NHL seasons 2014 - 2018

RelT FF% RelT FF/60 RelT FA/60 RelT xGF% RelT xGF/60 RelT xGA/60
RelT FF% RelT FF/60 RelT FA/60 RelT xGF% RelT xGF/60 RelT xGA/60
1.14 -0.62 -2.6 2.02 -0.07 -0.26

Negative results mean below team average unless they are xGA or FA, then negative means above average. Rel T means the stat has been weighted by strength of teammates.

This is pretty similar to Cracknell’s stats. Jooris is a little more defensively strong, but like with Cracknell, when you switch to Expected Goals and weight for shot quality allowed, he looks less impressive defensively. His offence is not his strength, and he’s never been above average there.

This set of stats includes his one good year in Calgary, which has never been repeated. When I un-aggregate these four seasons, I see the opposite effect from Cracknell’s career year-by-year, where some of his best seasons were recent. In fact if I take out that Calgary year, and confine things to Jooris’s seasons since, any hint of offensive value goes away and his defensive results suffer quite a bit in terms of the volume of shots allowed.

In Jooris’s 2017-2018 time in Carolina before the trade to Pittsburgh, while he played on the fourth line with Marcus Kruger and Joakim Nordstrom, he was used in situations where nothing much mattered. That means he saw the ice most when the score couldn’t be affected by either a goal for or a goal against. Bill Peters, a coach very similar to Babcock and who trained under him, was publicly frustrated with Jooris and Kruger, and they both ended up in the AHL.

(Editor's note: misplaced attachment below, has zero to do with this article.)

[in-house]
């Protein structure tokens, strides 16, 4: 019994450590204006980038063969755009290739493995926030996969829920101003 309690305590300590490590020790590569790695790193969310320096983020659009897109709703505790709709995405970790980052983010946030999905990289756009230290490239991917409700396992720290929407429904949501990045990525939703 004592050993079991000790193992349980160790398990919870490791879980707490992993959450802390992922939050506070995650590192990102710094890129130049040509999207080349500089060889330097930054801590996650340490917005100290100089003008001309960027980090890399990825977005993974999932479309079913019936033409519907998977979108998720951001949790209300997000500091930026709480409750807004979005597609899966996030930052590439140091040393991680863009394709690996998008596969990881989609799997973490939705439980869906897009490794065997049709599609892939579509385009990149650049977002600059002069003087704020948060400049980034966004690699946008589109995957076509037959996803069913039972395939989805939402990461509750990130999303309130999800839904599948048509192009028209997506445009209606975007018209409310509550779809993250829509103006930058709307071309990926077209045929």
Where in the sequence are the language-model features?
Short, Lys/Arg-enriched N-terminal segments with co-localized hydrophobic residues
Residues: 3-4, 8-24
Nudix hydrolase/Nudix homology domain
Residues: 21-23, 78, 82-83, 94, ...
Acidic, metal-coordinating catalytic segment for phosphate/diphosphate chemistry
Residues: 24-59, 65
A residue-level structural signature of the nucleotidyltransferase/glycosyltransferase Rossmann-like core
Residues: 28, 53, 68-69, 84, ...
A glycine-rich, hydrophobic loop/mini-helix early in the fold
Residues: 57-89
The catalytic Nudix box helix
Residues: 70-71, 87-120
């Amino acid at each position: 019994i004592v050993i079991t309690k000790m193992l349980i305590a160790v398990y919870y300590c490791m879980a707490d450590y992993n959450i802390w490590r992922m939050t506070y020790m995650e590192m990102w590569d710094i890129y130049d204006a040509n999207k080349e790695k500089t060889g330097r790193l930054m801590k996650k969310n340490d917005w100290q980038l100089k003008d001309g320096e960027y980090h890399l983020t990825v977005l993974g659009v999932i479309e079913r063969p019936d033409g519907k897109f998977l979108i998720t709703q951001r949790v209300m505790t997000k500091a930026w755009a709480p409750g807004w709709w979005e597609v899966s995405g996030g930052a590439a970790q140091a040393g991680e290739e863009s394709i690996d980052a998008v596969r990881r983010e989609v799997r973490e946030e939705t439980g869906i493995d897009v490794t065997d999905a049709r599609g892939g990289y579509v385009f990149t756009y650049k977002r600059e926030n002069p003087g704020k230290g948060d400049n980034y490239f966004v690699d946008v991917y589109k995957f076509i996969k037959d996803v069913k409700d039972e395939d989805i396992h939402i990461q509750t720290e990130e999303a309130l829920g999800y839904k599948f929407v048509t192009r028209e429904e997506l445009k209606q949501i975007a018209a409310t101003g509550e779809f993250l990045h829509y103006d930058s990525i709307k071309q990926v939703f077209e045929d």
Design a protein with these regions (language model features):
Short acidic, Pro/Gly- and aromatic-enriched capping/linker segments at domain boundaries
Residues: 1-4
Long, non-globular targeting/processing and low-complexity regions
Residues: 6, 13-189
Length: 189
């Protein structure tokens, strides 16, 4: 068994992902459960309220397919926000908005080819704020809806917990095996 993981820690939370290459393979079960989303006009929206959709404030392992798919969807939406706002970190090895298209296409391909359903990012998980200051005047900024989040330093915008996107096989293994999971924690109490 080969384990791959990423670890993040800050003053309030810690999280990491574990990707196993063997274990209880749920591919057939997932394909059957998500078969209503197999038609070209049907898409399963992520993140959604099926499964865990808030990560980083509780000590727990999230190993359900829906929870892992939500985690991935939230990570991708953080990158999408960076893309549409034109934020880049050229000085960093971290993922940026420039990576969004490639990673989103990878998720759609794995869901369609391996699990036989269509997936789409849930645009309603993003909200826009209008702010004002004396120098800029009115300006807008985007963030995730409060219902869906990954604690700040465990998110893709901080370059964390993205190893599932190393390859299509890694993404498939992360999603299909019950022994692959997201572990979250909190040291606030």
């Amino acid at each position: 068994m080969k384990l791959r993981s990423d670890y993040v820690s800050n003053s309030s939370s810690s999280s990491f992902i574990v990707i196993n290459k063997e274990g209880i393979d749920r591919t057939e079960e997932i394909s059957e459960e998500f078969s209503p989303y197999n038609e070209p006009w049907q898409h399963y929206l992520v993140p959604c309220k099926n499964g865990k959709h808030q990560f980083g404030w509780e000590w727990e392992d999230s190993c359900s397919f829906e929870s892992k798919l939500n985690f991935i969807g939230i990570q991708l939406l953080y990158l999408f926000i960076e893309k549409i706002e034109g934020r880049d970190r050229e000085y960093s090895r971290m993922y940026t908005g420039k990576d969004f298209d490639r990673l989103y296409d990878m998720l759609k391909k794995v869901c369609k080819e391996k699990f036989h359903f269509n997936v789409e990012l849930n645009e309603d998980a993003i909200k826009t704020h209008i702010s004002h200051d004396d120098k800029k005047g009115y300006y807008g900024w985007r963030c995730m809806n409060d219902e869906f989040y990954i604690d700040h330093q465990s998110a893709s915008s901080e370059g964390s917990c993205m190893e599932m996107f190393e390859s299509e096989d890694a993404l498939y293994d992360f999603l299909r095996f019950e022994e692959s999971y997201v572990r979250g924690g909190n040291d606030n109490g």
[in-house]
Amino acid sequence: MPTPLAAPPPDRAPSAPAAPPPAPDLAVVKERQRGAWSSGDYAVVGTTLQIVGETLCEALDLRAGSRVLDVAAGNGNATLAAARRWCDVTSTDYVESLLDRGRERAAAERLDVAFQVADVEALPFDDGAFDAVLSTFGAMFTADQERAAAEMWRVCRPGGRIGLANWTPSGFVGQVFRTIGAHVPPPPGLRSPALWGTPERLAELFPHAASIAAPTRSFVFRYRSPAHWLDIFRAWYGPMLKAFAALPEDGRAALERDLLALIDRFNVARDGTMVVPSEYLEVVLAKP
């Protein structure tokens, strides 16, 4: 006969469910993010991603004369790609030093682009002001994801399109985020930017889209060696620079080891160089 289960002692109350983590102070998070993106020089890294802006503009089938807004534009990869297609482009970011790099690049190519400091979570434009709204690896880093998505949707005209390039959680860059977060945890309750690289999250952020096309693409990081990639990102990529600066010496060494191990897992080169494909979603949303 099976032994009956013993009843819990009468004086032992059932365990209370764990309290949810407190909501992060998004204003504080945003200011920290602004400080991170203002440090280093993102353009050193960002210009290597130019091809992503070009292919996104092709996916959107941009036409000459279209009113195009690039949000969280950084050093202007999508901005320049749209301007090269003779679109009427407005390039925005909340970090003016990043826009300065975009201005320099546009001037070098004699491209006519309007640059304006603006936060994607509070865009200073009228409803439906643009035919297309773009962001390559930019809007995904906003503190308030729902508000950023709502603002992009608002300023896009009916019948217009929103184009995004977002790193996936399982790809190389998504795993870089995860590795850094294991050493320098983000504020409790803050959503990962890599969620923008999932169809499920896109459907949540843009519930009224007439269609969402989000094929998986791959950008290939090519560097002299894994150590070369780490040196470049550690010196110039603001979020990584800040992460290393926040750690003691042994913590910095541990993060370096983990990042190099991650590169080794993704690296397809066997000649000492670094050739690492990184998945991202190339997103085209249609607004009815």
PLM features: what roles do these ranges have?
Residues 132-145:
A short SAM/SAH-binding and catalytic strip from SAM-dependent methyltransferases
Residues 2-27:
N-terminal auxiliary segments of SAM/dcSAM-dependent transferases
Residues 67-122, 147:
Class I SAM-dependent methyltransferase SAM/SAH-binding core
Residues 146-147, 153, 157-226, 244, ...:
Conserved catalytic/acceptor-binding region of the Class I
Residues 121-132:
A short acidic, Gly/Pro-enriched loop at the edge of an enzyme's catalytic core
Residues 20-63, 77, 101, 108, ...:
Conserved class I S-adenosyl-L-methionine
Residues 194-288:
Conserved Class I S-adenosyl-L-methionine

Jooris looks like a player who can only be used in heavily defensive situations, but who might do very well at that thankless job. When he maintains his offensive style of driving up the slot, his offensive impact is minimal, but not horrible.

As to why the Leafs signed him, aside from the right-handed depth callup option thing:

Jooris is no stranger to the Maple Leafs brass. Kyle Dubas worked on recruiting the then-16-year-old to Sault Ste. Marie. Jooris eventually chose the college route.

“He was my family advisor when I was going through the process there at a young age,” Jooris recalled. “Obviously, a wealth of knowledge and he’s come a long way since then.

I’m not sure there’s much to choose between Cracknell and Jooris, although Cracknell is more winger than centre, more offence than defence. The one thing that separates them is that, in the AHL, Jooris doesn’t get any better at scoring the way Cracknell does. It might be more happenstance than a reflection of value that Jooris has held down semi-regular NHL roster spots while Cracknell has seen more AHL time, although 60 games is the most Jooris has ever played in one season.

So far, the competition for fourth line jobs looks like a repeat of last season with the Eric Fehr vs Dom Moore contest. The end result for the Leafs would have been the same no matter who had won that one, with only Miro Aaltonen looking like a different sort of player, but never quite like an NHL depth centre.

The Aaltonen-like player in the mix this year is Pär Lindholm, and if one of these depth signings is not like the other, it’s him. But if he isn’t up to NHL duty, then the options to replace him likely start with Jooris. The choice might come down to Jooris’s defensive prowess vs what Lindholm brings, which I’ll look into soon.

At the very least, the Leafs finally have actual replacement-level replacement players who can just slot in and play fourth line minutes without any surprises, even if they start out in the AHL or the press box.

Acknowledgements

The listed stats are from Corsica Hockey. The rest of the words are full of stats from Natural Stat Trick and graphics from Hockey Viz, you just can’t see them.